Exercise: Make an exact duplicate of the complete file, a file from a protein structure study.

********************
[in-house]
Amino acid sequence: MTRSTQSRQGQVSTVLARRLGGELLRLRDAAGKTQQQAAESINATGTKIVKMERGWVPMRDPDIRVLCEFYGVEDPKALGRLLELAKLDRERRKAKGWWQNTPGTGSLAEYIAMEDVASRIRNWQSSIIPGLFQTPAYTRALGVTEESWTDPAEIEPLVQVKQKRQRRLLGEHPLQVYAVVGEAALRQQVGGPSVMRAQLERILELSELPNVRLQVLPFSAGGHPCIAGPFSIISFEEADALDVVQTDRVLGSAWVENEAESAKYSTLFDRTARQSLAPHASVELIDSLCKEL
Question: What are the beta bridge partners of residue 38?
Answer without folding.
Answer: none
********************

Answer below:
[in-house]
Amino acid sequence: MTRSTQSRQGQVSTVLARRLGGELLRLRDAAGKTQQQAAESINATGTKIVKMERGWVPMRDPDIRVLCEFYGVEDPKALGRLLELAKLDRERRKAKGWWQNTPGTGSLAEYIAMEDVASRIRNWQSSIIPGLFQTPAYTRALGVTEESWTDPAEIEPLVQVKQKRQRRLLGEHPLQVYAVVGEAALRQQVGGPSVMRAQLERILELSELPNVRLQVLPFSAGGHPCIAGPFSIISFEEADALDVVQTDRVLGSAWVENEAESAKYSTLFDRTARQSLAPHASVELIDSLCKEL
Question: What are the beta bridge partners of residue 38?
Answer without folding.
Answer: none